Sometimes the lying is instrumental – the person is getting something out of it (real or imagined) like:
- Avoiding or delaying conflict or discomfort (such as being punished, having someone angry at you, or having to do something you don’t want to do)
- Being able to do something you believe others would object to
- Getting someone to do something they wouldn’t otherwise do
- Image preservation/enhancement or attention (even negative attention)
In the case of instrumental lying, one can try to modify the contingencies (rewards and punishments) such that the lying is no longer paying off for them or such that honesty is even more rewarding for them.
Motivation for change may be built by helping the person who is lying to differentiate the short-term results from the longer-term consequences. In this way they may begin to see that lying creates more problems than it solves in the long run. It may also help them to understand the importance of trust in building and maintaining relationships and how to cultivate it.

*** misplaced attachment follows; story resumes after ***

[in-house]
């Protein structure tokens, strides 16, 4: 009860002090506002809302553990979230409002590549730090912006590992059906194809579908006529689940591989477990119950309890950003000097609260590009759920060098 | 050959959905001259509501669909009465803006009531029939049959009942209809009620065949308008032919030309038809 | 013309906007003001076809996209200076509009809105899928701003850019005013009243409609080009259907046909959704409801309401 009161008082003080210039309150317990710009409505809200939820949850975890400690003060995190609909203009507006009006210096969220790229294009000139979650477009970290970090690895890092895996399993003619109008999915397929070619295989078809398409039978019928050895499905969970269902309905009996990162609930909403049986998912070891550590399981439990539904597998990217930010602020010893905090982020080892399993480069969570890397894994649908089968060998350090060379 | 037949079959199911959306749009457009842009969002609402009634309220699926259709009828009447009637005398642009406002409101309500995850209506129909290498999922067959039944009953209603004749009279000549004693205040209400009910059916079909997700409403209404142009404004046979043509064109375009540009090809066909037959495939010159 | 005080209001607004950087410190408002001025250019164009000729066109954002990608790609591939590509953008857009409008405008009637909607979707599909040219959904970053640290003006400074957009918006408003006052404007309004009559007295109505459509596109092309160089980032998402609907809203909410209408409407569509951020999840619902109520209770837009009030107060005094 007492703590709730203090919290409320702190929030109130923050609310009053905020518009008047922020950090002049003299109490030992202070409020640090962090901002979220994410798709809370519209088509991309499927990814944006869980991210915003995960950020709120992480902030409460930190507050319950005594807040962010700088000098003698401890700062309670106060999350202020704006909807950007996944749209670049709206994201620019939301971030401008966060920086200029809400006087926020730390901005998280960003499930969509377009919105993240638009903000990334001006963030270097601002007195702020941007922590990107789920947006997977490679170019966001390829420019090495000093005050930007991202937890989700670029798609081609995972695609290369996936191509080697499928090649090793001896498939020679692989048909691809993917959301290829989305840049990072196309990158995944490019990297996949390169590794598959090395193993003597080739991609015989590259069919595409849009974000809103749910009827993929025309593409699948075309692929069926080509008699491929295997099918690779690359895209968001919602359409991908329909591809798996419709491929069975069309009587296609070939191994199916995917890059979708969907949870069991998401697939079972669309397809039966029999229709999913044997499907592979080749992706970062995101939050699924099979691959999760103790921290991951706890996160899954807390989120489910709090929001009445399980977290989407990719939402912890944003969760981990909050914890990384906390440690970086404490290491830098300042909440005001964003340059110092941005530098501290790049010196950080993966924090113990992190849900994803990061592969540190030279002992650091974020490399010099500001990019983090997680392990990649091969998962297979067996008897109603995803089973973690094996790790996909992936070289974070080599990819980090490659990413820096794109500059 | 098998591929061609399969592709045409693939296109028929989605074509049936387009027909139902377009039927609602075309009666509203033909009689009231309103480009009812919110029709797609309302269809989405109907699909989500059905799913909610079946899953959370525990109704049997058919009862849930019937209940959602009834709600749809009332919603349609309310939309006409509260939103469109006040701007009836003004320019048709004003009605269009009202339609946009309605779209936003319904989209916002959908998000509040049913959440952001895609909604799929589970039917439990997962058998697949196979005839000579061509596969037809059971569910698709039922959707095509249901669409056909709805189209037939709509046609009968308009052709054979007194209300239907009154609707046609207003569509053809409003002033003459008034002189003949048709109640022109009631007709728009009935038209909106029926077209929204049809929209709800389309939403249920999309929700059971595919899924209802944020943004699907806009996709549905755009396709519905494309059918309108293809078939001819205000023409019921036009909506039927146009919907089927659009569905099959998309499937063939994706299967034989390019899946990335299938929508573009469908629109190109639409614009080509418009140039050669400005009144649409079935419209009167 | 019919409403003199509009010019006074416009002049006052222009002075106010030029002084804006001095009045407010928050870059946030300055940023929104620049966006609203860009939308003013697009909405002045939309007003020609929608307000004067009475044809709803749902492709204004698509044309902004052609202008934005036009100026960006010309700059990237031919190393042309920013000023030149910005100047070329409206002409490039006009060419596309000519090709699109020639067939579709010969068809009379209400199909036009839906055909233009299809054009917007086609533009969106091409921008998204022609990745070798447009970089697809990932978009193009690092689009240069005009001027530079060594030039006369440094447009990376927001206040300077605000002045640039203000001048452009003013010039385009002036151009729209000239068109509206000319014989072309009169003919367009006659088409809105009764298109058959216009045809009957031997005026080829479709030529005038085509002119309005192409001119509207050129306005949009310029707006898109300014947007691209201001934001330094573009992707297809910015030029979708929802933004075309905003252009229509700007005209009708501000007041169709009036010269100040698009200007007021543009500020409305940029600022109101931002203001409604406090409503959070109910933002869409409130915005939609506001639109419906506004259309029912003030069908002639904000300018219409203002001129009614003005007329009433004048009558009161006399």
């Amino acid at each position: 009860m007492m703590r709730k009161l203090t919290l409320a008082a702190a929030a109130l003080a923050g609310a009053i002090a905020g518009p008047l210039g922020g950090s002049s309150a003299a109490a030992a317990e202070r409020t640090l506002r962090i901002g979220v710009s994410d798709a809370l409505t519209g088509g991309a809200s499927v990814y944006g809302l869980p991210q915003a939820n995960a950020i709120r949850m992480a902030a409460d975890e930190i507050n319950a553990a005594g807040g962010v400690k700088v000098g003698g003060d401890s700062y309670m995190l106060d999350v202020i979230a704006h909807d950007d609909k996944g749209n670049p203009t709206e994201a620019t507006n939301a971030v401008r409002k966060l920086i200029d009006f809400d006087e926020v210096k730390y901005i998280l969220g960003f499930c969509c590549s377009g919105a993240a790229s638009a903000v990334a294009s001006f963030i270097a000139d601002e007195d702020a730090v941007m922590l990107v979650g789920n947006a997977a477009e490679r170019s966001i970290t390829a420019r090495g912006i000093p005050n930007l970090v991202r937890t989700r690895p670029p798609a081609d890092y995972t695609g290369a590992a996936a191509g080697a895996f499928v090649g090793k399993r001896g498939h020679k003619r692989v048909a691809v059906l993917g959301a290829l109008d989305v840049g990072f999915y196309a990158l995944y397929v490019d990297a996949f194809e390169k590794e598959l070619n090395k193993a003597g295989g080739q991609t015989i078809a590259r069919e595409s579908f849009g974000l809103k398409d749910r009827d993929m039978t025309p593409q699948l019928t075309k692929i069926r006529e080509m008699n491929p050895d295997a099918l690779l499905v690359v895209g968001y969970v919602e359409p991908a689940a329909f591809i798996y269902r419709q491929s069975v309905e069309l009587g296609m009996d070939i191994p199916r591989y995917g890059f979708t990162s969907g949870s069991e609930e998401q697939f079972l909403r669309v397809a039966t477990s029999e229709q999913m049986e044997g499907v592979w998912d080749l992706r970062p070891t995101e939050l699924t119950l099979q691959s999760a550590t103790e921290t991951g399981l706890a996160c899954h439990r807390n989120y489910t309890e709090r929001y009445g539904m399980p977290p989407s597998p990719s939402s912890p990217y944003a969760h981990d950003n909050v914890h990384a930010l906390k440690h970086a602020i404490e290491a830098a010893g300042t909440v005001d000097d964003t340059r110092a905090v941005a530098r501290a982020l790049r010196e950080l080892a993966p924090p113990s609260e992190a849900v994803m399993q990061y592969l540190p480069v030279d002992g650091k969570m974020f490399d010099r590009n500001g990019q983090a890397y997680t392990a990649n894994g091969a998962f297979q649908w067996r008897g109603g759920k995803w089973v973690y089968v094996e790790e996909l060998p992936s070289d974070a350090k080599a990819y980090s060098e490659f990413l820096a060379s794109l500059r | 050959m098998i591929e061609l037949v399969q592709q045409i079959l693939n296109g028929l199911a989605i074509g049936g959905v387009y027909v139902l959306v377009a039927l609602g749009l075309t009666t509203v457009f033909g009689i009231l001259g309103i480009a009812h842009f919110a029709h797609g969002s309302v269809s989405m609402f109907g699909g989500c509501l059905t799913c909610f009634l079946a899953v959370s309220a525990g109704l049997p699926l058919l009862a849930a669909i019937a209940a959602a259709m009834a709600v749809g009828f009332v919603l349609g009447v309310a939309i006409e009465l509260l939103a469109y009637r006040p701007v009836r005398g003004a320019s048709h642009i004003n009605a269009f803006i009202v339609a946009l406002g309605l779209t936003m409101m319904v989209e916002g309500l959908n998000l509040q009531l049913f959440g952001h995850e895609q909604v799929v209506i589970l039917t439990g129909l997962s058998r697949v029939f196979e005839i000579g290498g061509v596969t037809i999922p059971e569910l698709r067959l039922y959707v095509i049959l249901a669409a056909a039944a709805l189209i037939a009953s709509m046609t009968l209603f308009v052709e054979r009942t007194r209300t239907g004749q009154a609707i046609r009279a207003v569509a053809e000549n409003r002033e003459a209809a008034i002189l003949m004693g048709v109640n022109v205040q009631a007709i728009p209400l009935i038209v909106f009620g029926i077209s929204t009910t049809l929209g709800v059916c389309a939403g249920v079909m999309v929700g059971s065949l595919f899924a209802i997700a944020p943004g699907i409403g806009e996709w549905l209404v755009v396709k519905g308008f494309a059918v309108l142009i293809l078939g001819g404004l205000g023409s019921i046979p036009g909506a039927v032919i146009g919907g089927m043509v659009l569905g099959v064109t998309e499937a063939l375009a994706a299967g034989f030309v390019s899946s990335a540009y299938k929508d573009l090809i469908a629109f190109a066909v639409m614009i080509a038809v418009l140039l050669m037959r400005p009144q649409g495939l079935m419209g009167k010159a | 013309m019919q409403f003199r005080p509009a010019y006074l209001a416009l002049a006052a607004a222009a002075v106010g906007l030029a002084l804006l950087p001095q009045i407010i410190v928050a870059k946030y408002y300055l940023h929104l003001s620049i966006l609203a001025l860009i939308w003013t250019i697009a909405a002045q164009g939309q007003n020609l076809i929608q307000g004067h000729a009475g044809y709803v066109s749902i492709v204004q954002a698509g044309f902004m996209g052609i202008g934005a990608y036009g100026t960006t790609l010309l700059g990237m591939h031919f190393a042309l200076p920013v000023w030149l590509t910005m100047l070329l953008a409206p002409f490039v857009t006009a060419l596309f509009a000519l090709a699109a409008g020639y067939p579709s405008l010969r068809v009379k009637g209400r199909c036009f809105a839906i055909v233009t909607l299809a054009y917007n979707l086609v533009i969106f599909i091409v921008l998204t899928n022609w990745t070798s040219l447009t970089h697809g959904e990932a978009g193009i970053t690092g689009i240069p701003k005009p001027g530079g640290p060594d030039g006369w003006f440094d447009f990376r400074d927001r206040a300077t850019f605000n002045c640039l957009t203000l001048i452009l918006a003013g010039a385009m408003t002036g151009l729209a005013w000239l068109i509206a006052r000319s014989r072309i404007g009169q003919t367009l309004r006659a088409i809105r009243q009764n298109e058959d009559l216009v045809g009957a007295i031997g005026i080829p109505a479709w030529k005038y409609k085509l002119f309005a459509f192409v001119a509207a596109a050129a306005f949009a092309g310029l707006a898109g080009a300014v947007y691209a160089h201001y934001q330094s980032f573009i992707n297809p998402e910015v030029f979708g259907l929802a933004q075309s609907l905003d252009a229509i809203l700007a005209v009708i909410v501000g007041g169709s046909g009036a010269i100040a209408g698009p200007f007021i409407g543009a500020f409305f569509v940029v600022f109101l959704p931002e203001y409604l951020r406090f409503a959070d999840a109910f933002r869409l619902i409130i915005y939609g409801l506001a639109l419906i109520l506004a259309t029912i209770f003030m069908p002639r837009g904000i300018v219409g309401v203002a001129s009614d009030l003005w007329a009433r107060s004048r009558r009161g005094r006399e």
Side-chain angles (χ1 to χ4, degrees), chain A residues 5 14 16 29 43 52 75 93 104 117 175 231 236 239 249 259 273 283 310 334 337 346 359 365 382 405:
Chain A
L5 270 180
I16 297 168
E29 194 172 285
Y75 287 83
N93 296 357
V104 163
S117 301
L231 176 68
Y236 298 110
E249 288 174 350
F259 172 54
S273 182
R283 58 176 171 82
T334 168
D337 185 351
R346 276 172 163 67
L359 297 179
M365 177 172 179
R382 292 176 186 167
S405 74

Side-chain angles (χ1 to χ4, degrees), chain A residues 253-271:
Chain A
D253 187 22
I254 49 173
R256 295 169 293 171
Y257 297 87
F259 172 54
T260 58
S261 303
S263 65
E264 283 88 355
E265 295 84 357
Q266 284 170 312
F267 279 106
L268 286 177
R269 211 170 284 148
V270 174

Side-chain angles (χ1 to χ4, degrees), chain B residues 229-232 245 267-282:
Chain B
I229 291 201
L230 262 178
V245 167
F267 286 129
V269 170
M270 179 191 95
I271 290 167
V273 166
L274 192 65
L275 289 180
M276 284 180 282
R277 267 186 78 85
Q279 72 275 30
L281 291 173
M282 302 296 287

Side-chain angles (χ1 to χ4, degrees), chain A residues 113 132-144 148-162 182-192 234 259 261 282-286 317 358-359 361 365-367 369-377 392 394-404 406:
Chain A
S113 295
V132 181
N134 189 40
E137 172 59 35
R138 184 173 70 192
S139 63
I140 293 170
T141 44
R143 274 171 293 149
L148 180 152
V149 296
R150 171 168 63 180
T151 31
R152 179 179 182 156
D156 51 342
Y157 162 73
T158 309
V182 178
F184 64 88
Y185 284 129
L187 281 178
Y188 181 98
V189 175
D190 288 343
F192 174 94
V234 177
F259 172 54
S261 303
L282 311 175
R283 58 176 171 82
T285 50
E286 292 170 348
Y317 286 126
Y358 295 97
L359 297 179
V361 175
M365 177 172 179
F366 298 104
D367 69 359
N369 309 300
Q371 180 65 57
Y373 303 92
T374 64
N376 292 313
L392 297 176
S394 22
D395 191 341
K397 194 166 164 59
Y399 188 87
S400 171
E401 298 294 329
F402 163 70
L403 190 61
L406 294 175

Sometimes the person has been lying for so long that it is automatic or a habit (like nail biting) and they aren't even aware they are doing it. In that case they need to learn to recognize the behavior and then correct it – even if it is after the fact at first. This means going back and saying, “I’m sorry, that was a lie. Here is the truth”.
If you or someone you love has a bad habit of lying, it may be helpful to meet with a trained mental health professional like a psychologist to assist in defining the problem and exploring solutions. You can find mental health professionals in your area through online therapist locators such as those hosted by the American Psychological Association, Psychology Today, Network Therapy and GoodTherapy. Please also visit my website http://www.kctherapist.com/ for more information and resources regarding a variety of mental health concerns.